Colombo Port Experiences Surge in Traffic Amid Red Sea Crisis
Sri Lanka’s Colombo port has witnessed a significant increase in container volumes in recent weeks as vessels seek alternative routes to avoid the tensions in the southern Red Sea. Yemen’s Iran-backed Houthi rebels’ attacks on ships in this vital shipping route prompted some shipping companies to opt for the longer and more expensive route around Africa’s Cape of Good Hope. Colombo’s strategic location has made it a preferred transit point, providing convenient access to the Middle East, South Asia, and East Asia, leading to a 15% increase in transshipment volumes in December alone.
Colombo Supports US Operations Against Houthis
In a surprising turn of events, Sri Lanka has announced its decision to support US-led operations against Houthi rebels in the Red Sea. President Ranil Wickremesinghe revealed that a Sri Lankan navy vessel would join Operation Prosperity Guardian, aimed at securing commercial shipping lanes in the Red Sea. This move comes in response to Houthi attacks on vessels, including those deemed “Israel-linked,” escalating tensions in the region.
Sri Lankan Workers in Houthi-Controlled Areas Express Concerns
Despite the economic benefits for Sri Lanka, the decision to support US operations has raised concerns among Sri Lankan workers in Houthi-controlled areas of Yemen. Employees fear for their safety, anticipating potential threats once the Sri Lankan vessel joins the multinational coalition. The workers express worries about being caught in the crossfire and the impact on their daily lives and interactions with locals.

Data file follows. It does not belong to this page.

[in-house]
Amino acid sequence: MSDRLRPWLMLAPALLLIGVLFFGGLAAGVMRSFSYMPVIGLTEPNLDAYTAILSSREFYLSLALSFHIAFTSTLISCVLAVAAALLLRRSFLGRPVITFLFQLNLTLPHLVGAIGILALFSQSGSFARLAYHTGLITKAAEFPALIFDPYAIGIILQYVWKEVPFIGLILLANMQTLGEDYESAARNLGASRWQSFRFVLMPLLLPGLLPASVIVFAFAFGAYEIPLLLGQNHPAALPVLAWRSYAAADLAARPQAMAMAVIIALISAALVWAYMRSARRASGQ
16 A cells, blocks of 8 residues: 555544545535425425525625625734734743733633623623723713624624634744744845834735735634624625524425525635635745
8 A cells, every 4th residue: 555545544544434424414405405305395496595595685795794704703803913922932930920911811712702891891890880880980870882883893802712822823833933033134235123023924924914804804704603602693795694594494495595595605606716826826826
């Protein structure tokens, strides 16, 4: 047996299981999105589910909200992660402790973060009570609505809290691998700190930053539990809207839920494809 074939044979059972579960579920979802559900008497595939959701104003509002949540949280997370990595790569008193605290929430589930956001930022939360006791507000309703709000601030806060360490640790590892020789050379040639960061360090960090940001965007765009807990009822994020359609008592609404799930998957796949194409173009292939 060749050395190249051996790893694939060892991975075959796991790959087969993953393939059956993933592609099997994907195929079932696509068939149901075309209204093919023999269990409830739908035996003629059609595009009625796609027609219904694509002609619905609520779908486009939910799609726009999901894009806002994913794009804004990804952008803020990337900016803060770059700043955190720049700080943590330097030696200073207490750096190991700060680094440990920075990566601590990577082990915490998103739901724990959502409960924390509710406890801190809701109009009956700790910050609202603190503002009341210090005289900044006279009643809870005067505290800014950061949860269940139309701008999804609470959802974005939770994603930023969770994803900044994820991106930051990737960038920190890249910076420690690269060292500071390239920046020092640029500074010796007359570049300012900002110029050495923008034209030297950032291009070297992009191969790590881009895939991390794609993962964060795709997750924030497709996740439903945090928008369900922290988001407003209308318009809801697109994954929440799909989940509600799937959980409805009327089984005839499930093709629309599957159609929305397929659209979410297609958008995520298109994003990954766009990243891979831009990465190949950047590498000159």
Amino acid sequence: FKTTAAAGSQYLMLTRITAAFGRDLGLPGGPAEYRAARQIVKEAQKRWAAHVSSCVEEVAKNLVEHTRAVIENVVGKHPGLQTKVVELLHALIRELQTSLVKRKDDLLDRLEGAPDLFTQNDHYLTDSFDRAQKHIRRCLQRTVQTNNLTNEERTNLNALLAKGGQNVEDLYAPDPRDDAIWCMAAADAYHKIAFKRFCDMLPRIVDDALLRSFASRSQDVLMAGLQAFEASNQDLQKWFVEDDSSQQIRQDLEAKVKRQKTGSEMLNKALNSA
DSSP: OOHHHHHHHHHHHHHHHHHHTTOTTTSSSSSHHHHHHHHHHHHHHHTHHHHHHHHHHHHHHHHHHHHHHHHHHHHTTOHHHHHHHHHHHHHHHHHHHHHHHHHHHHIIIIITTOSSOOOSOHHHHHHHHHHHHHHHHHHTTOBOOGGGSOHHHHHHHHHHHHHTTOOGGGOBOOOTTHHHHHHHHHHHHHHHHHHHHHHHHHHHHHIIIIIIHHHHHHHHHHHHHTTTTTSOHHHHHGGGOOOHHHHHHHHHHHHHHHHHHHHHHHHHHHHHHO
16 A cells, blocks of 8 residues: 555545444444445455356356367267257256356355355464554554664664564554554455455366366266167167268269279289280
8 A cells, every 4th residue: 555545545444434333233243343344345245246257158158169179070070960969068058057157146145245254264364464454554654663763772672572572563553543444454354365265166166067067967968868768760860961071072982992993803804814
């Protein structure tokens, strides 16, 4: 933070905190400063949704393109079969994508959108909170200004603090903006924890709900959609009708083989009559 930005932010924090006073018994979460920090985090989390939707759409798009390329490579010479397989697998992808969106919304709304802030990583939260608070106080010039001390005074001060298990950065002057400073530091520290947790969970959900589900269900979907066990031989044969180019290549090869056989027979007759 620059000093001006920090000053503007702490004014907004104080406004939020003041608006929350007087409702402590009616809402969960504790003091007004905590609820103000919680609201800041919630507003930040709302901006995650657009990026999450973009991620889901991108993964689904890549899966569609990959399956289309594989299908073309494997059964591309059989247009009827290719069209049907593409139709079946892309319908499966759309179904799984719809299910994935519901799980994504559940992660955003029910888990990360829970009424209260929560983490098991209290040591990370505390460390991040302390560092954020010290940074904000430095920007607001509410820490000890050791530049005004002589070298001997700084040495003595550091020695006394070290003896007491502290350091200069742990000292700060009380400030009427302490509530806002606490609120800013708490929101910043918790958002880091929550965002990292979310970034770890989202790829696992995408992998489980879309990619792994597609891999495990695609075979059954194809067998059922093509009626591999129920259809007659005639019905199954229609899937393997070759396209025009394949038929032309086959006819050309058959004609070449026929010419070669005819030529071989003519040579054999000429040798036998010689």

Foreign Policy Shift or Balancing Act?
Sri Lanka’s decision to actively participate in the Red Sea operations has sparked speculation about a potential shift in the country’s foreign policy. Historically supportive of the Palestinian cause, Sri Lanka’s move has surprised some analysts. However, experts like Uditha Devapriya from Factum, a Sri Lanka-based foreign policy think tank, believe it reflects the unpredictable nature of Sri Lanka’s foreign policy rather than a fundamental shift. The country’s vote in favor of Palestinian interests at the UN in December contrasts with its decision to physically join the US-led operation.
While the deployment of a Sri Lankan vessel may not immediately impact those in Yemen, coupled with the government’s decision to send thousands of workers to Israel, it raises concerns about the broader implications for Sri Lankan employees in the Middle East. The country appears to be navigating a delicate balancing act amid geopolitical tensions, economic considerations, and historical alliances.